§ 12.6 Working with The Standard of Review

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§12.6 WORKING WITH THE STANDARD OF REVIEW

Counsel should identify the appropriate standard of review as early in the appeal process as possible. Different standards will control different issues. The standard of review is highly relevant in advising the client as to whether to pursue an appeal, and as to the prospects for successfully prosecuting or defending an appeal. The standard of review is also very important in guiding the selection of the best issues for appeal and helping to focus the research and writing of appellate briefs.

Counsel should study recent cases dealing with the same or similar issues to identify the standard of review. Do not rely on headnotes or digests, which often do not address the standard of review. It is necessary to analyze the opinions (which may not always clearly identify the standard of review being applied) to ascertain what deference the appellate courts have given to similar trial court decisions in analogous cases.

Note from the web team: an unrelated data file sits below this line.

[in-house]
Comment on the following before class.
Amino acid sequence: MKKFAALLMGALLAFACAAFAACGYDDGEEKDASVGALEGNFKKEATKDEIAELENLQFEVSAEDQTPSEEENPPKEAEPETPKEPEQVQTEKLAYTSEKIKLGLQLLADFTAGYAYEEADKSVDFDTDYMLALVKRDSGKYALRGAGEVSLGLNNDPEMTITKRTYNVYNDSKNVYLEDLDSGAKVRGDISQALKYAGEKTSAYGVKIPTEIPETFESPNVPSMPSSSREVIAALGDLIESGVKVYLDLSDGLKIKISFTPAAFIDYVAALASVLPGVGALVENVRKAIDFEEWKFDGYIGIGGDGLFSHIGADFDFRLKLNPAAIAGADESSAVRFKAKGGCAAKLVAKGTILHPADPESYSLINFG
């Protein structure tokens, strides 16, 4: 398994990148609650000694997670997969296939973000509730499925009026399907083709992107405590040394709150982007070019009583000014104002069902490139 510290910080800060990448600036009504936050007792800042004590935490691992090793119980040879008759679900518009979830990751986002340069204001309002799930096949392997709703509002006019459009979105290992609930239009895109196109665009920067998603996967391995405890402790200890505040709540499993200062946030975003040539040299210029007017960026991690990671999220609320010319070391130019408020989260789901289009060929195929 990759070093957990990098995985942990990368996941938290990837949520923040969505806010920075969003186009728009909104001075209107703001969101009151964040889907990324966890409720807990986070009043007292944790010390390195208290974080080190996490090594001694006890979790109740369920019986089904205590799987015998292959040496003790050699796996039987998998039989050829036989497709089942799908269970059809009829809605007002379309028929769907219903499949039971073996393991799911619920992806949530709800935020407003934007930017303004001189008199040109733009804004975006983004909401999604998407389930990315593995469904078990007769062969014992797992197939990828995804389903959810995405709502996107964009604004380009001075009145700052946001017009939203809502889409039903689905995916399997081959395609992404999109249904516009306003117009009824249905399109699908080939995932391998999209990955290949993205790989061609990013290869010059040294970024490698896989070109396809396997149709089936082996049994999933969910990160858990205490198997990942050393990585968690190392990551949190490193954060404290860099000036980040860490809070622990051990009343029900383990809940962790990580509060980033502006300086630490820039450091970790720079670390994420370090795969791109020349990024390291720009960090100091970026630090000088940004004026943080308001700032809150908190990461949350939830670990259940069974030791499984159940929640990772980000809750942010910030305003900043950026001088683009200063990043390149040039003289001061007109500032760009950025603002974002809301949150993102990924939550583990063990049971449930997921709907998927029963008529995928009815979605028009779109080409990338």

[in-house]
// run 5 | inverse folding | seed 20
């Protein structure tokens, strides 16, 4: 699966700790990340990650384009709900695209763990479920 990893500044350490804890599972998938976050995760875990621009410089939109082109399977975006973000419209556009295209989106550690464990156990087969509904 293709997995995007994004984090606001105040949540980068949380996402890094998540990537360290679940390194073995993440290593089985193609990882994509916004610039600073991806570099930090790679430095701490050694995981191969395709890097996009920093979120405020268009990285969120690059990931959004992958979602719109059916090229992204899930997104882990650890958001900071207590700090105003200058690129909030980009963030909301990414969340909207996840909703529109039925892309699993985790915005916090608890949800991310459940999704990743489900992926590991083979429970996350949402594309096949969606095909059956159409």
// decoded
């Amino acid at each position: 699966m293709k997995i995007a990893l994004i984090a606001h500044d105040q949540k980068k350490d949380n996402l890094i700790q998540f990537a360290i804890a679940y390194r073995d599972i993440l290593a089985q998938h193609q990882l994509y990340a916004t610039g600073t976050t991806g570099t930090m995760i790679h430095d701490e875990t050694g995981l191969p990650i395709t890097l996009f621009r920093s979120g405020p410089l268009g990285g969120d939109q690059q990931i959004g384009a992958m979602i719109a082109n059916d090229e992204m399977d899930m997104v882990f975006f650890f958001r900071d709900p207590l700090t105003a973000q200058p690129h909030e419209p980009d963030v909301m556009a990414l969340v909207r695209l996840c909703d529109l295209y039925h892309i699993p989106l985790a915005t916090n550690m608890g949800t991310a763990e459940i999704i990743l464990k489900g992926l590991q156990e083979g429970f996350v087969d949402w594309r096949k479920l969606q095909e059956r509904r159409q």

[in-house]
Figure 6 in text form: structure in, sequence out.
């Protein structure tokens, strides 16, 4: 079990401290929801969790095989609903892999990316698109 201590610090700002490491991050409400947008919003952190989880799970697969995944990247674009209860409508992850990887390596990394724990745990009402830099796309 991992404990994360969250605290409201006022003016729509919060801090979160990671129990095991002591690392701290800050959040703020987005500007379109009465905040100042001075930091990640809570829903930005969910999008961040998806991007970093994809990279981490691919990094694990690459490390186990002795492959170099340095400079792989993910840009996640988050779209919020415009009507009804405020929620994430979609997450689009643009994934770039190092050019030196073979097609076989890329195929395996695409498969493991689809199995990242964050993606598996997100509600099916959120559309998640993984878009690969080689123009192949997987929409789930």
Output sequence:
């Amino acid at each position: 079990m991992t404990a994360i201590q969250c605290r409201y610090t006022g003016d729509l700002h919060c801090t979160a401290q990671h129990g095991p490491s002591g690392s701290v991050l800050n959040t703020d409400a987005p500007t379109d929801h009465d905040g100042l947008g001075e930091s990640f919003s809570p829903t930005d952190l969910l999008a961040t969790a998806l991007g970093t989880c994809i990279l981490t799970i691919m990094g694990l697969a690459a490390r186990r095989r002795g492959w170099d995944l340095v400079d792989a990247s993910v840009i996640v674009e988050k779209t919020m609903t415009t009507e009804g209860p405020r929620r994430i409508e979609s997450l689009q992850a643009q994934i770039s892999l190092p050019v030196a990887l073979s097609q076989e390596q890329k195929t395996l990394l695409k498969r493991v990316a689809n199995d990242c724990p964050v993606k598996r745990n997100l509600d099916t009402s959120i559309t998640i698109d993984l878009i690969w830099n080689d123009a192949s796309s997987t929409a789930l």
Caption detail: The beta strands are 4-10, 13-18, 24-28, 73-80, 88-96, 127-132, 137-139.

If the standard of review appears unfavorable for a particular issue, consider whether the issue may be recharacterized to take advantage of a more favorable standard. Break the abuse of discretion standard down into its component parts, and analyze the different components individually.

In every appeal, the standard of review favors one side or the other. If the standard of review is favorable to your position, rely on it and argue it. For example, if you are appealing from an adverse summary judgment, all facts must be viewed most favorably to your client, and your client is entitled to the benefit of all reasonable inferences arising from the facts. Argue and apply this standard, taking full advantage of the facts and inferences that favor your client to show that a genuine issue of material fact exists for trial. If, as commonly happens, the respondent strays from the standard of review, use the reply brief to refocus the court on the proper standard of review.

Do not simply mention the standard of review and then ignore it. Appellants must show why reversal is necessary under a proper application of the standard of review. Respondents...

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